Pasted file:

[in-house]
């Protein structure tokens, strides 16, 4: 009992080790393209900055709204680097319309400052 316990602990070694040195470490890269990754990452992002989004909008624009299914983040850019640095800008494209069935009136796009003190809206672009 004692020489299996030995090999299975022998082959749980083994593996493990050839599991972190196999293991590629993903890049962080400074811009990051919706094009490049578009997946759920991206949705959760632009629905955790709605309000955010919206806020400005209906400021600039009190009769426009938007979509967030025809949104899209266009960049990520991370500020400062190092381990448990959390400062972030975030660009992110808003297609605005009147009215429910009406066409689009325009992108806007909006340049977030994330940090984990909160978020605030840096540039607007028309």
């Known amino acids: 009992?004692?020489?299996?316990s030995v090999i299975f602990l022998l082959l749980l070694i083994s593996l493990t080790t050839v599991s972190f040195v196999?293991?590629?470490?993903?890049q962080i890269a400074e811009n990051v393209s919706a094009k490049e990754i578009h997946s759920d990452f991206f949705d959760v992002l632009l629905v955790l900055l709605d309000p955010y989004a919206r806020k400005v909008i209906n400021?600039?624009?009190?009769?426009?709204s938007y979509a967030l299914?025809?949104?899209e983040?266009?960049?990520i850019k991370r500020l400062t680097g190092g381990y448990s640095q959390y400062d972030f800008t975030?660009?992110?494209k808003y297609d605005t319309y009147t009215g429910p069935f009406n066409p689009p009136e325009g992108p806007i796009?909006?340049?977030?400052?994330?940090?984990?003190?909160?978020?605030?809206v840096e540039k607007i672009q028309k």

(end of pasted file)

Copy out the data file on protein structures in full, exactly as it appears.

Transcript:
[in-house]
């Protein structure tokens, strides 16, 4: 009992080790393209900055709204680097319309400052 316990602990070694040195470490890269990754990452992002989004909008624009299914983040850019640095800008494209069935009136796009003190809206672009 004692020489299996030995090999299975022998082959749980083994593996493990050839599991972190196999293991590629993903890049962080400074811009990051919706094009490049578009997946759920991206949705959760632009629905955790709605309000955010919206806020400005209906400021600039009190009769426009938007979509967030025809949104899209266009960049990520991370500020400062190092381990448990959390400062972030975030660009992110808003297609605005009147009215429910009406066409689009325009992108806007909006340049977030994330940090984990909160978020605030840096540039607007028309």
């Known amino acids: 009992?004692?020489?299996?316990s030995v090999i299975f602990l022998l082959l749980l070694i083994s593996l493990t080790t050839v599991s972190f040195v196999?293991?590629?470490?993903?890049q962080i890269a400074e811009n990051v393209s919706a094009k490049e990754i578009h997946s759920d990452f991206f949705d959760v992002l632009l629905v955790l900055l709605d309000p955010y989004a919206r806020k400005v909008i209906n400021?600039?624009?009190?009769?426009?709204s938007y979509a967030l299914?025809?949104?899209e983040?266009?960049?990520i850019k991370r500020l400062t680097g190092g381990y448990s640095q959390y400062d972030f800008t975030?660009?992110?494209k808003y297609d605005t319309y009147t009215g429910p069935f009406n066409p689009p009136e325009g992108p806007i796009?909006?340049?977030?400052?994330?940090?984990?003190?909160?978020?605030?809206v840096e540039k607007i672009q028309k």